Culture for health
Another initative that was curated by Cultura en Vena was through the Culture for Health project - a combined effort of local and regional actions in Europe that is growing awareness about the critical role of culture and the arts in improving health and wellbeing at both the individual and collective level.
The 'Goya in a hospital' artistic idea combined images from the Spanish artist with texts created specifically to connect the patients to their own personal experience. The idea was to reframe illness as an opportunity, as a time to unleash affection, and to view recovery as a time for self-knowledge. The cultural experience worked to improve the health and wellbeing of that person by taking the patient on a personal journey, along with their family, and medical staff, to provide positive approaches and coping mechanisms during times of crisis.
How important are the arts to our health?
The reader may be wondering: but is it really a priority to include culture in health policies, when health systems have other more urgent needs? Today’s medicine is going through a prodigious stage of development. Now for the first time in history health personnel handle the most advanced health technologies and the most precise pharmacological treatments.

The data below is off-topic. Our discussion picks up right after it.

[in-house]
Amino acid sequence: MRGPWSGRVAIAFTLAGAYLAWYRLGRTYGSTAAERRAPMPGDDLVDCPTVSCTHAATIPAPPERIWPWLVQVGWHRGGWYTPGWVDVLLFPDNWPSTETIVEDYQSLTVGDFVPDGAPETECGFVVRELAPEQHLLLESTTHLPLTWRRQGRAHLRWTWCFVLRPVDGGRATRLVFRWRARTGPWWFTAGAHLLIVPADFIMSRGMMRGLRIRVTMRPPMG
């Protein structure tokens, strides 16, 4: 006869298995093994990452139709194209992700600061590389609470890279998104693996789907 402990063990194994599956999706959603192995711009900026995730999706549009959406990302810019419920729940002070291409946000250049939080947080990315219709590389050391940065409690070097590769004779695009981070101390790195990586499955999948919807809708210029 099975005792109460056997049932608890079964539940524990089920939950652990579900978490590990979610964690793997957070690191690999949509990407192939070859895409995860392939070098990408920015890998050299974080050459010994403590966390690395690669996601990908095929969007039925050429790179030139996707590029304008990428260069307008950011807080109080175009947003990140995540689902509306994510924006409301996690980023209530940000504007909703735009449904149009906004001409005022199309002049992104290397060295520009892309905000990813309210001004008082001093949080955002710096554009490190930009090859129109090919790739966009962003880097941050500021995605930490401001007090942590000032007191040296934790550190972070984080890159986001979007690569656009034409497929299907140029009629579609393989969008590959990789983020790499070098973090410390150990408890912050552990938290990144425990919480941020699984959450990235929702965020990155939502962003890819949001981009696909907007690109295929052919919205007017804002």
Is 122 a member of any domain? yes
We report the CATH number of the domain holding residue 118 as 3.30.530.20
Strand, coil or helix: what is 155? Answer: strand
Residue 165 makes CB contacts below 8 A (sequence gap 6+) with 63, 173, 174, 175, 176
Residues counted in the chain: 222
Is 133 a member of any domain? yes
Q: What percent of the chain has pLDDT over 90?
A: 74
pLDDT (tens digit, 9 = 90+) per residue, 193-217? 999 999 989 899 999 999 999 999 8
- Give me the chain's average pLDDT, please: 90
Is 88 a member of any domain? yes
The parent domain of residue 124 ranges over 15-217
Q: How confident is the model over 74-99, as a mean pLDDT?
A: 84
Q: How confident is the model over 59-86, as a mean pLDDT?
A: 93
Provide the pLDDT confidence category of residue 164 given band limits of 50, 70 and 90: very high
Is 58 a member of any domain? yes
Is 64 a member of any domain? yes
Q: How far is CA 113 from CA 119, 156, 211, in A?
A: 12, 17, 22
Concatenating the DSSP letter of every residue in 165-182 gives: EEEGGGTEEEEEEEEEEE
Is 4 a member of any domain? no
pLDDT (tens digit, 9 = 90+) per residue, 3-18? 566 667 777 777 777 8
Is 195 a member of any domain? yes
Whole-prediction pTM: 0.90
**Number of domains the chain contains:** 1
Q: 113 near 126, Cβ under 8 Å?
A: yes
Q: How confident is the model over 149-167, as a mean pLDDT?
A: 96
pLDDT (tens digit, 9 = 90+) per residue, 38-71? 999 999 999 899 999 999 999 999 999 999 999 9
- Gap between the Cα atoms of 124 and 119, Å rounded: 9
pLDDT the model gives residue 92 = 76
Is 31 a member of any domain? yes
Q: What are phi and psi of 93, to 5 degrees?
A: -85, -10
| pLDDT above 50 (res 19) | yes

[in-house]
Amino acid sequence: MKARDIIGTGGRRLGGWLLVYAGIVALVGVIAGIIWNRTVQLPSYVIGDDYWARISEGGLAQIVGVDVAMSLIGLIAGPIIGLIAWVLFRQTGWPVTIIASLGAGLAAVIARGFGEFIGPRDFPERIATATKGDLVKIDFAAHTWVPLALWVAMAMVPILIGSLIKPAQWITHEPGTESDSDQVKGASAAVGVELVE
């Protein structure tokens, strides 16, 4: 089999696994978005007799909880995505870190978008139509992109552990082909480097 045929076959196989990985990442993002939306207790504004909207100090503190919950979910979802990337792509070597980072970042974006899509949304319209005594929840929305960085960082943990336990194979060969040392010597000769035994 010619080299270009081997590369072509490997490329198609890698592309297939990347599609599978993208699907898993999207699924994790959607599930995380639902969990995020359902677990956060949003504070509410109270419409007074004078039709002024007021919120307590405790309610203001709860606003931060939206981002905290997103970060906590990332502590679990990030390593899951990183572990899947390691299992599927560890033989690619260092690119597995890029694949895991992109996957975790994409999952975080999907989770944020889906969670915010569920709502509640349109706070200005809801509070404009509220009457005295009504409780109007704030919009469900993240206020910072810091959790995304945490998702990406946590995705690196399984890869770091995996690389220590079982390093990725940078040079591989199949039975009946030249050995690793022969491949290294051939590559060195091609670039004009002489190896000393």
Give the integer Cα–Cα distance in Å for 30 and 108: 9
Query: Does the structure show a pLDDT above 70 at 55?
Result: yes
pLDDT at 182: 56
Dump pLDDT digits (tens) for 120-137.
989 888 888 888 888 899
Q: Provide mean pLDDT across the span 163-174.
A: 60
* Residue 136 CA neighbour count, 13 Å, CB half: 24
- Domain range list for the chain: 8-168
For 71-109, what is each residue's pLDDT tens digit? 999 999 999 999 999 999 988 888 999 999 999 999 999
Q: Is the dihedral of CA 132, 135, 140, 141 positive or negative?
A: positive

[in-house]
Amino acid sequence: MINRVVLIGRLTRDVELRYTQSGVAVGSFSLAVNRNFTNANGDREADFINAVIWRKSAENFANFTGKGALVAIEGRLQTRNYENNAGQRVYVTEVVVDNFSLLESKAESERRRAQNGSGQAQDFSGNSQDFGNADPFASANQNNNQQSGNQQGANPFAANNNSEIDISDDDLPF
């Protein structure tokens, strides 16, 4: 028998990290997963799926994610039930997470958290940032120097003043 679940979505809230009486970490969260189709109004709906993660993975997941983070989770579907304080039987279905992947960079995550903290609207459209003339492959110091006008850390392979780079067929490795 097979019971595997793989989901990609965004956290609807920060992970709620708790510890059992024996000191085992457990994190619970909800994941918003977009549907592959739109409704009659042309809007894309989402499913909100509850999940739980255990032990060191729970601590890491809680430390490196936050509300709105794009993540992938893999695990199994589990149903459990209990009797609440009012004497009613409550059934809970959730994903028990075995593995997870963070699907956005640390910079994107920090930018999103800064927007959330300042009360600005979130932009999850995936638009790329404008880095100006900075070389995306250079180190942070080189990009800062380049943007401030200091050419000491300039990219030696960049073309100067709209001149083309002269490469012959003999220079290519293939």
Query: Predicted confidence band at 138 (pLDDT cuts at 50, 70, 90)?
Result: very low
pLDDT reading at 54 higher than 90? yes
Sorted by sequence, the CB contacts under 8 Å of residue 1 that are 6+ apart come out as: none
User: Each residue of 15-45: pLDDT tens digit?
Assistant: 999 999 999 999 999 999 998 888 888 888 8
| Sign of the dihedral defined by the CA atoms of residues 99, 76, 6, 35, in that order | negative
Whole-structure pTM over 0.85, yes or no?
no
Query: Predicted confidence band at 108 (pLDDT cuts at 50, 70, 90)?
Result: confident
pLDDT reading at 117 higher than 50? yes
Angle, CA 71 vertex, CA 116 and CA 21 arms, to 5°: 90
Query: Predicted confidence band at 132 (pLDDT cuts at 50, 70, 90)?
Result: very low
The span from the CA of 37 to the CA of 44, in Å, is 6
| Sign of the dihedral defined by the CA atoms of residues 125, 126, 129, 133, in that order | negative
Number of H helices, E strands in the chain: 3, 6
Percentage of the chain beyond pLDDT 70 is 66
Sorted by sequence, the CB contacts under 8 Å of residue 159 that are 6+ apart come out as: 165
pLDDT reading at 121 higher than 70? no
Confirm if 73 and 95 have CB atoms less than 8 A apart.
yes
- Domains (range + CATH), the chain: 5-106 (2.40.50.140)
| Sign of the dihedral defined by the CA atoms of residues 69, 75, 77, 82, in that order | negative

But all this needs to be balanced with other more holistic approaches. Approaches that cover the humanisation* of treatments, and which look at the whole person, considering their physical, social, and emotional wellbeing.
In 2022, the Culture for Health project reported that a holistic approach offered by cultural activities can help shift the focus away from specific illnesses to a broader understanding of health. In this way, culture supports health and wellbeing at the individual level (supporting physical and mental health, and subjective wellbeing), at the community level (supporting social inclusion, and engaged, resilient communities) and at the economic level. Similarly, cultural participation can also reinforce active (health) citizenship, supporting patients when developing their own health strategies, stimulating conversations around different medical options and strengthening the relations between citizens and health policymakers.
Changing the system
At this unique point in time, we are presented with the opportunity to rethink the role and purpose of both culture and health systems in society. We must now bring these two worlds together to create a new approach that includes both. This systemic change will broaden the knowledge and duties of both sectors - health services will have to see the arts as an ally in medical care, and the culture industry will have to be aware of its responsibility towards the health of citizens. In this way, we will begin to consider the cultural sector as a public health resource, and hospitals as places for cultural action.